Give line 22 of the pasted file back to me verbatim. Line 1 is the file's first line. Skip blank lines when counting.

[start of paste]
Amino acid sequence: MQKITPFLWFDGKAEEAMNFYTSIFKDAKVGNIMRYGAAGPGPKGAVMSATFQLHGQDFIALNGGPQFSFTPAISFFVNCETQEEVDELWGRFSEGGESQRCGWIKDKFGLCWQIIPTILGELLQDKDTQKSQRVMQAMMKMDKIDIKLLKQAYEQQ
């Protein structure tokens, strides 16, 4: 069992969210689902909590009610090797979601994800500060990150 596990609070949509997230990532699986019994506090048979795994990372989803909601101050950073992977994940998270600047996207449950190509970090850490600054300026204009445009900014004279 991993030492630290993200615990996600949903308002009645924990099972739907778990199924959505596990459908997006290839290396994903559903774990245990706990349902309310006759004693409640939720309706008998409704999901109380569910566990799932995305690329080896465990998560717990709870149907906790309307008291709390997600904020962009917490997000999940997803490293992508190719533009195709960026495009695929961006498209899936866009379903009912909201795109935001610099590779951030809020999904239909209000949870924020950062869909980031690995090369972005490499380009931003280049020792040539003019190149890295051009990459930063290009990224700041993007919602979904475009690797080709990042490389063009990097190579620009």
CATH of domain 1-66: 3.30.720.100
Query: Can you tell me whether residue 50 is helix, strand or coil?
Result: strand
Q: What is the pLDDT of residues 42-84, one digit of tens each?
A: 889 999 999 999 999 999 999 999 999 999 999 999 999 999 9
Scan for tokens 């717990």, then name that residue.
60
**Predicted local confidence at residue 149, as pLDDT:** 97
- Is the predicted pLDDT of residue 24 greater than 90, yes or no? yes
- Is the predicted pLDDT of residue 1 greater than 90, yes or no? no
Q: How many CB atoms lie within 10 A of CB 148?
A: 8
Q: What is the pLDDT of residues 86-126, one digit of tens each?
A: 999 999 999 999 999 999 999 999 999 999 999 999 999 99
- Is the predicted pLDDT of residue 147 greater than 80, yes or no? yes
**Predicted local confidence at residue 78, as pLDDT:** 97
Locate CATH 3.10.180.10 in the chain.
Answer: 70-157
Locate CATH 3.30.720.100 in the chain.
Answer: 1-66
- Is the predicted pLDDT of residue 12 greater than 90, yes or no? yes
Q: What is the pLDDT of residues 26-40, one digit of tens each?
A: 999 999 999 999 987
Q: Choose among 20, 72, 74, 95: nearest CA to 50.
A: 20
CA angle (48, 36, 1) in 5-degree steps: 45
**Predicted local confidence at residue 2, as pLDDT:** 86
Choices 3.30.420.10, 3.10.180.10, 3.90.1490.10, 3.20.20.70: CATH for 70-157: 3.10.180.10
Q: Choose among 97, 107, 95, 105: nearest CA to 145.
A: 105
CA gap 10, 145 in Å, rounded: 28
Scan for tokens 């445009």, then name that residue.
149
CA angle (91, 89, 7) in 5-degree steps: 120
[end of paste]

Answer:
Answer: 1-66